Elon Musk Says Tesla Robotaxi Is Coming After Denying Report of Robotaxis Coming

Are we ever going to see the entry-level Model 2?

byNico DeMattia|
Tesla Model 3 Highland. Tesla
Tesla Model 3 Highland. Tesla. Tesla


I guess Elon Musk wanted to get ahead of being corrected by X's community notes, so he decided to correct himself. On Friday, Reuters reported that Tesla is axing the entry-level Model 2 in favor of self-driving robotaxis, to which Musk claimed "Reuters is lying (again)," without any specifics. However, only about five hours later, Musk then posted "Tesla Robotaxi unveil on 8/8." Community notes crisis averted.

In Musk's defense, his denial of Reuters' story could have been referring to the claim that the entry-level Model 2 was being scrapped and that the Robotaxis would instead be sold alongside it. However, the timeline is interesting, as Musk told investors back in January that the Model 2 would begin production in late 2025. If that were to happen, an August 2024 reveal for the Model 2 would make sense. But instead, the August reveal will be for a Robotaxi.

Reuters reportedly laid eyes on internal Tesla documents in which a program manager for the Model 2 seemingly closed the book on the entry-level EV by thanking their team. "I’d like to thank everyone for all your hard work and dedication to pushing boundaries and executing the best design possible given the aggressive constraints we had to work within," said the manager in the company messages. "We would not want all our hard work to go to waste, so it’s important that we tie things off and document things properly."

This sounds a lot like a colossal goal post-shift. Given Tesla's usually glacial production pace, a 2025 release date for the Model 2 seemed overly ambitious. However, switching it to a Robotaxi buys Musk a nearly infinite amount of time with investors and customers alike. Robotaxis aren't even close to being possible on a large scale and are barely possible on a small scale, as both Waymo and Cruise have recently proven. So shifting gears toward a Robotaxi gives Tesla and Musk a carrot to indefinitely dangle.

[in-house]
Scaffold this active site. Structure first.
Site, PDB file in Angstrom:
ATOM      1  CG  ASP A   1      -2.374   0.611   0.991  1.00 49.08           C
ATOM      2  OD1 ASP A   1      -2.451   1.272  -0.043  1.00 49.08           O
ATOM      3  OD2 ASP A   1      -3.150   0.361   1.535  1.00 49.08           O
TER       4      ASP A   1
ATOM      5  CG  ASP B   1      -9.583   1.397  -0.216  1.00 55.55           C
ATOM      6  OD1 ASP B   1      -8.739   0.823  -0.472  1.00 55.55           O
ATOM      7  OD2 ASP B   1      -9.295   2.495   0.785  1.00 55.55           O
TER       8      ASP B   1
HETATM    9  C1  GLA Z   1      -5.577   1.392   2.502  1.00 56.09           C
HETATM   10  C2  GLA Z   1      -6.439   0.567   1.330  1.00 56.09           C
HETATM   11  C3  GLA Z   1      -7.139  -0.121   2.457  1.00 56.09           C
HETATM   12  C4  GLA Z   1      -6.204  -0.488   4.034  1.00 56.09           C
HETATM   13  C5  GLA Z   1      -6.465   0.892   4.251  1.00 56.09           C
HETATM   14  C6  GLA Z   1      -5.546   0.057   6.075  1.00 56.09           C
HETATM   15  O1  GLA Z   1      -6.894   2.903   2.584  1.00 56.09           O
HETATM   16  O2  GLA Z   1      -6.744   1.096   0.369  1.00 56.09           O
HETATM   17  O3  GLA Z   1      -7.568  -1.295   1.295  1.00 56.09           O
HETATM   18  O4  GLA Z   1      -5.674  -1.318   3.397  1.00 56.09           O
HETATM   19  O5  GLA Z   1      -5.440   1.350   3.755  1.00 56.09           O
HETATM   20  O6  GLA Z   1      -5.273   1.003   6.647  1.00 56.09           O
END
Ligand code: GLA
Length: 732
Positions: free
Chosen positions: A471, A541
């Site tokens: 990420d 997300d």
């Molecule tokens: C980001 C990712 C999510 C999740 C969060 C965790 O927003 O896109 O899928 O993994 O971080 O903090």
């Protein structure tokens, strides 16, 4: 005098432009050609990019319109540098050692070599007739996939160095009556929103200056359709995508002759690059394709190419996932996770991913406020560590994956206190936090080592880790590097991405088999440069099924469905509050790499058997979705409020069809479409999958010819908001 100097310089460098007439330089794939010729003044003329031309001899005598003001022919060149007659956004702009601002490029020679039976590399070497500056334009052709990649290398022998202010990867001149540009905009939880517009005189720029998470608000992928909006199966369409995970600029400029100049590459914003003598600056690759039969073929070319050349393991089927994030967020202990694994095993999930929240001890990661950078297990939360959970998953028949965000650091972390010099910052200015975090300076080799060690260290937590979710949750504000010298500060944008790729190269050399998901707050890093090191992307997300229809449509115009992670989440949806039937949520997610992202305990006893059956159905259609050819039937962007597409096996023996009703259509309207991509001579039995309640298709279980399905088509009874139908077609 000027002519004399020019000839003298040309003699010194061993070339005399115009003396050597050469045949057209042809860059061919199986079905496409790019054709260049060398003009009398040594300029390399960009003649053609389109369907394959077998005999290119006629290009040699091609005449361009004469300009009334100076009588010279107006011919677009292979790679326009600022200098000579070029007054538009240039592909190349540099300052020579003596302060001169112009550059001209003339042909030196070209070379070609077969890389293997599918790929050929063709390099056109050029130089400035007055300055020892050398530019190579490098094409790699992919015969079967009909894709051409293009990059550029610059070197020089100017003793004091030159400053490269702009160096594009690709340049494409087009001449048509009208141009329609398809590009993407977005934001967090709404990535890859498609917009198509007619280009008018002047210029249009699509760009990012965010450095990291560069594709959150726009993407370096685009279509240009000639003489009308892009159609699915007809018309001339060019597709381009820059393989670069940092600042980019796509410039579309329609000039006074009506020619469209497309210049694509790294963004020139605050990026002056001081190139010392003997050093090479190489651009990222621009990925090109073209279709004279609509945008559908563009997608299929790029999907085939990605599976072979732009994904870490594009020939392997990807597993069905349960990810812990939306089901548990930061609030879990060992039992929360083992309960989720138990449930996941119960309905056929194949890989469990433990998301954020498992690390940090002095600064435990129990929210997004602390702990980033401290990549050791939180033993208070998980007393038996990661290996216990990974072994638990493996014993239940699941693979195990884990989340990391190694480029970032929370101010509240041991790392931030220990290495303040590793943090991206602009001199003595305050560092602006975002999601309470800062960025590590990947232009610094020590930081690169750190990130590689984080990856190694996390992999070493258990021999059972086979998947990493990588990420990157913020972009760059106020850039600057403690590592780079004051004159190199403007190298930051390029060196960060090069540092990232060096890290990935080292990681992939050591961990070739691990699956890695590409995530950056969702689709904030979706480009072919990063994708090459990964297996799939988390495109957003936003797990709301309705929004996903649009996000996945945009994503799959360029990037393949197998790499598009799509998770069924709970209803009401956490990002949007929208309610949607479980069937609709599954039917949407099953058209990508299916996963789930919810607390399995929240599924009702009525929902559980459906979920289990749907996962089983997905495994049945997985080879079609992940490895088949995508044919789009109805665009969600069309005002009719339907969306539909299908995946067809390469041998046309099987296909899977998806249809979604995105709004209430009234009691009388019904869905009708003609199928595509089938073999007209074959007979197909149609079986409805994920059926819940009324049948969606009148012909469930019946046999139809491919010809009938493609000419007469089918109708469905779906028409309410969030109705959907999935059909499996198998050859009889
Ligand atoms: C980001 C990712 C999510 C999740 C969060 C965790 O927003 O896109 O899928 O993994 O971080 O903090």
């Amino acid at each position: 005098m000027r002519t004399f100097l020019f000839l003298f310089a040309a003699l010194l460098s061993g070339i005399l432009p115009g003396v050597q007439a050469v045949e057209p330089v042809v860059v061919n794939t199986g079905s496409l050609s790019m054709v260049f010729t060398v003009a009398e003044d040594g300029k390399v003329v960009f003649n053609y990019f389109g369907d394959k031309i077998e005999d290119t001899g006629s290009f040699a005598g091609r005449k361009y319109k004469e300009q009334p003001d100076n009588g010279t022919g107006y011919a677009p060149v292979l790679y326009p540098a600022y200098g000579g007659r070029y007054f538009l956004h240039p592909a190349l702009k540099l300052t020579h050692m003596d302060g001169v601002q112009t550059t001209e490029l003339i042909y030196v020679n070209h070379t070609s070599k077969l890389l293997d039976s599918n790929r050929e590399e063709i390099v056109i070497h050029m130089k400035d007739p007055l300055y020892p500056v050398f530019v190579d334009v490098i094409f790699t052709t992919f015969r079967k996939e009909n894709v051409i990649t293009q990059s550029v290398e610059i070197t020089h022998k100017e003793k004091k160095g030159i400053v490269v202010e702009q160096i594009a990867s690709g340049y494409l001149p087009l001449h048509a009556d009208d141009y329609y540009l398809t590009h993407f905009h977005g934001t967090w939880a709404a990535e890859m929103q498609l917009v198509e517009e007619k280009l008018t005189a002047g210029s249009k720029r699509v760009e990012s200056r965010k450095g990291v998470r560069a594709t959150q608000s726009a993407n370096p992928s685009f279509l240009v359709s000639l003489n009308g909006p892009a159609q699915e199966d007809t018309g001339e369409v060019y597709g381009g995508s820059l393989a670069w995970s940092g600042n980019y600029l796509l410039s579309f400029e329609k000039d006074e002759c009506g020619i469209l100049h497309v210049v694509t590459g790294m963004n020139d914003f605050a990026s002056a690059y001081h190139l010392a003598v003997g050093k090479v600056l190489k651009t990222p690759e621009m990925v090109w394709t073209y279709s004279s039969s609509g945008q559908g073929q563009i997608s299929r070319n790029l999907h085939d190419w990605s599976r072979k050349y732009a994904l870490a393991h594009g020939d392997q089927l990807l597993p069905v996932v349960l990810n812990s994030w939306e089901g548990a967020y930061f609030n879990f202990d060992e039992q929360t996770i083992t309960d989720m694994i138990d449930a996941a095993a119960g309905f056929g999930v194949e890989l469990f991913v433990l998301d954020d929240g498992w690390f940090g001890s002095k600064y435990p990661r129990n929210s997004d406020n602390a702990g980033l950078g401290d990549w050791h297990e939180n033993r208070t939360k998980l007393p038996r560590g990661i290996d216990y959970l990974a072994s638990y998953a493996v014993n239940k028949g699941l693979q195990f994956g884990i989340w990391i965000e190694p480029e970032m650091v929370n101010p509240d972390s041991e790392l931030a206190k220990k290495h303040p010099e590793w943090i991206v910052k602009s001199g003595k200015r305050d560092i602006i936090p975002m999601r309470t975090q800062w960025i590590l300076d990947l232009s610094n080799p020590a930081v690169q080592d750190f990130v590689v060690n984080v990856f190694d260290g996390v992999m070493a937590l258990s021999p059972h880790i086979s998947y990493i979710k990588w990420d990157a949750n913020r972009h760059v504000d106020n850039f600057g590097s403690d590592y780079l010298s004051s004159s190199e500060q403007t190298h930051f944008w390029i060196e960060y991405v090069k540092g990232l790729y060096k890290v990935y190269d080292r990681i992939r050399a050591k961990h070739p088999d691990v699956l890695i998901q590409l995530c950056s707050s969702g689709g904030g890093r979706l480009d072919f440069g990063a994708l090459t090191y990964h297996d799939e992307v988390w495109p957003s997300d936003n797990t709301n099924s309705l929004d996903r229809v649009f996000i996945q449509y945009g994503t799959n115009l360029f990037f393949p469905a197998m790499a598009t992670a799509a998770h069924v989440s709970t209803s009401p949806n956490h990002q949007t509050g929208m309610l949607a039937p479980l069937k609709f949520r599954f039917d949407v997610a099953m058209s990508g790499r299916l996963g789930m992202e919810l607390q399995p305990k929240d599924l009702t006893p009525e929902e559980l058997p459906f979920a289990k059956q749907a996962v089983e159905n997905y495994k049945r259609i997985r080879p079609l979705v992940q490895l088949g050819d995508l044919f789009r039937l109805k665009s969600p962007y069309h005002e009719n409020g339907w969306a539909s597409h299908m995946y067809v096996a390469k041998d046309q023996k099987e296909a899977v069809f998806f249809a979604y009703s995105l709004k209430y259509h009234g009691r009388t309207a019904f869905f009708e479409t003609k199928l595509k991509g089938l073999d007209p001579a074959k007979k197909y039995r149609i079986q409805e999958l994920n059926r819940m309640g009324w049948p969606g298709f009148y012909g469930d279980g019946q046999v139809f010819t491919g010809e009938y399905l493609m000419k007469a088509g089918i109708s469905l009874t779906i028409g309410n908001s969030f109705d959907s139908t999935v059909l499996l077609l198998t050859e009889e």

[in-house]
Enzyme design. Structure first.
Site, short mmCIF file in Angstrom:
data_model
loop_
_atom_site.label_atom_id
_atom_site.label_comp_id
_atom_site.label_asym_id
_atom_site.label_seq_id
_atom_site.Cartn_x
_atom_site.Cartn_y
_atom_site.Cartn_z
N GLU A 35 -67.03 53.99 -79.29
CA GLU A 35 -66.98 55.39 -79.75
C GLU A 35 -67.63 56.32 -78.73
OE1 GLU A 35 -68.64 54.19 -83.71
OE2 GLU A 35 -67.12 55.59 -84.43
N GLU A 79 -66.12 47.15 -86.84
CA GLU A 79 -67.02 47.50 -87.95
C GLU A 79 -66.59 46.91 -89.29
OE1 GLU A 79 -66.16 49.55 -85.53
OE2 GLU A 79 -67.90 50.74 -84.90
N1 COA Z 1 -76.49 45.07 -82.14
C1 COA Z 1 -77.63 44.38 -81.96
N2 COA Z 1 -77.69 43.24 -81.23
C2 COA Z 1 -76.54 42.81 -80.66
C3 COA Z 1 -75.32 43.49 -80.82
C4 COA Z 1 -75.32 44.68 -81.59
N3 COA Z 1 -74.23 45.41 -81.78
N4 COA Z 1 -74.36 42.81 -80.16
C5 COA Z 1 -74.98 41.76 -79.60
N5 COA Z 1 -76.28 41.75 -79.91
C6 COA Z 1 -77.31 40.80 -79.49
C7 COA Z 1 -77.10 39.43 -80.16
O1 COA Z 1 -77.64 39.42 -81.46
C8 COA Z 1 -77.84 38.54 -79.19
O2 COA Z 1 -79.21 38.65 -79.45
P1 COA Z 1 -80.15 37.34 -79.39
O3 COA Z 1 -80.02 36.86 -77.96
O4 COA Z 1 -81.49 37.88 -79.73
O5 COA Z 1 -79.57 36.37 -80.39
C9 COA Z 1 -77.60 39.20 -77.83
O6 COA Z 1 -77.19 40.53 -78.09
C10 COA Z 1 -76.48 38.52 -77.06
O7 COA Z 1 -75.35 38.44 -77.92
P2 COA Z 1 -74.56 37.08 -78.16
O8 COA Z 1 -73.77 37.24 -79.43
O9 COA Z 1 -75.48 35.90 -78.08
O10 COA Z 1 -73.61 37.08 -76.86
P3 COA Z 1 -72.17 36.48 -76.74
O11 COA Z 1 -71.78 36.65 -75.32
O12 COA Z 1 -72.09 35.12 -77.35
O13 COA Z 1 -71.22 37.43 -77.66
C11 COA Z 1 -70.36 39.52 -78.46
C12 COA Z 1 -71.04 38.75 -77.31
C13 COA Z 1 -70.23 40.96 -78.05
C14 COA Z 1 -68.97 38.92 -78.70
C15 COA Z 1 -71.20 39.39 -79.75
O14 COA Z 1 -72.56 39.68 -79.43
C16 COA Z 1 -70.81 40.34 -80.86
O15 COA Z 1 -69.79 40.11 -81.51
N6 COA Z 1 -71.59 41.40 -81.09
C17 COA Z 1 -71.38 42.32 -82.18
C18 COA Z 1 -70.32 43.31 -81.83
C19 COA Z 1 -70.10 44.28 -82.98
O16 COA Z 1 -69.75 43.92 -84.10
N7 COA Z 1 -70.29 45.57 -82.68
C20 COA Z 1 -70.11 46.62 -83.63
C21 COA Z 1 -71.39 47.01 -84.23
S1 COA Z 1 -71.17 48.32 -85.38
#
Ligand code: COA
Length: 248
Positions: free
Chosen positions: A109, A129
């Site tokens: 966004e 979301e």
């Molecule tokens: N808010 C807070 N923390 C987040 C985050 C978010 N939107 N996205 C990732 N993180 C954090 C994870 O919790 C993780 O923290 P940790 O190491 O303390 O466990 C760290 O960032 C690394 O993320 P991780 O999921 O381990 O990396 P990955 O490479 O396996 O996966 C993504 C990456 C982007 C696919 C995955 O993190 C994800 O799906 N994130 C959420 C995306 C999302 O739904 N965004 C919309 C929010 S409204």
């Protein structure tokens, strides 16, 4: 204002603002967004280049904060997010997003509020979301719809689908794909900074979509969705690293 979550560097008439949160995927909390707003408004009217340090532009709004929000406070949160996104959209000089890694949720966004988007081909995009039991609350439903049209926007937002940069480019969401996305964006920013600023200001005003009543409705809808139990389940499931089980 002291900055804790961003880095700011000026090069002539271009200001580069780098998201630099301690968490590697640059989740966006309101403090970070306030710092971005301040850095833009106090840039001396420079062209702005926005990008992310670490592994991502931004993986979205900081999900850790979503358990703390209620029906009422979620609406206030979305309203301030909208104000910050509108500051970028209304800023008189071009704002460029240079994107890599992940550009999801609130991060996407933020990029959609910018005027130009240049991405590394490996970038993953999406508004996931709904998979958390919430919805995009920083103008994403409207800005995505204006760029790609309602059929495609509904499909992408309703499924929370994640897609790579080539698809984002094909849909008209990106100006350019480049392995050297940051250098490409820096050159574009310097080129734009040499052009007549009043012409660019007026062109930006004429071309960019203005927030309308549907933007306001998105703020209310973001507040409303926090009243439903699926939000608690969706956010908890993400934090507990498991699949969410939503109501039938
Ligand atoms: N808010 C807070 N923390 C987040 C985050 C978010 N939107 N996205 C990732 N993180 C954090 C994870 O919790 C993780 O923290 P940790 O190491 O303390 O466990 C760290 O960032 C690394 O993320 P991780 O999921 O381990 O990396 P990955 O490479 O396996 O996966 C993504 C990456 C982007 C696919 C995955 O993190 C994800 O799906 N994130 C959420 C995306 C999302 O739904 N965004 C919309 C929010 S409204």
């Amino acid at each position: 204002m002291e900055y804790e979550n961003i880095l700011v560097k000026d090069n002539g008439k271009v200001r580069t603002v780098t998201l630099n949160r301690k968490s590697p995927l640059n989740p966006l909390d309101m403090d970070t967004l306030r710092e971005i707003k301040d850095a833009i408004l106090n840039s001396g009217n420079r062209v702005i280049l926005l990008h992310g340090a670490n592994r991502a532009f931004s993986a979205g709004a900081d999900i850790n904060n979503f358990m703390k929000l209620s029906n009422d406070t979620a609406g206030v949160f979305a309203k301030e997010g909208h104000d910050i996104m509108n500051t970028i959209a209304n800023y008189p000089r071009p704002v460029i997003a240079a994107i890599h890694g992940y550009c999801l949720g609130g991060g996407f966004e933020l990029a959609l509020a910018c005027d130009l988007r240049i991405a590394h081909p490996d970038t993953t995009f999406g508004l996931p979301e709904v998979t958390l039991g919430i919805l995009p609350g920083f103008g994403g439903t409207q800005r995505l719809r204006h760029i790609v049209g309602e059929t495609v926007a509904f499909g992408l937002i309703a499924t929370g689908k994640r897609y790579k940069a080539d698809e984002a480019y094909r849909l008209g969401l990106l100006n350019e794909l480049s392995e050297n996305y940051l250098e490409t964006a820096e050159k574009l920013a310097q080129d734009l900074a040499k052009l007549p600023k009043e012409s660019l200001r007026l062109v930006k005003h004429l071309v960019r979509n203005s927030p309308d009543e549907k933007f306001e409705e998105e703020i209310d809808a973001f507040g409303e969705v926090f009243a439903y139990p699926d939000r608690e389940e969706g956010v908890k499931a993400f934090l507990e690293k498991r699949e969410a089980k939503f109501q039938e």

With a Robotaxi, Tesla can push the release date back over and over again, as it has with truly full self-driving, and won't have to actually build anything anytime soon. Semiannual "updates" on its technology, will keep customers and investors on the hook while also providing Tesla with little stock price bumps when needed. After Musk's Robotaxi announcement, Tesla's stock jumped 3%, following its 5% dip after Reuter's initial story.

A new Tesla Model 3 "Highland" is on display at the China International Import Expo in November 2023. VCG via Getty Images

This also isn't the first time Musk talked about a fully driverless robotaxi, devoid of a steering wheel and pedals. "It's fundamentally optimized for trying to achieve the lowest fully considered cost per mile, cost per kilometer, accounting everything," he told investors in Q1 2022. "I think that that really will be a massive driver of Tesla's growth." However, during that same earnings call, he also said he expected volume production by 2024.

Could the entry-level Model 2 have been a Robotaxi all along, which is why Musk denied Reuters' report? That's possible, considering the Model 2 was supposed to start at around $25,000 and Musk already said a Robotaxi would be the most cost-effective vehicle possible. However, it's also possible that Reuters reported something Elon didn't want public and decided to put out the media fire by announcing the Robotaxi himself.

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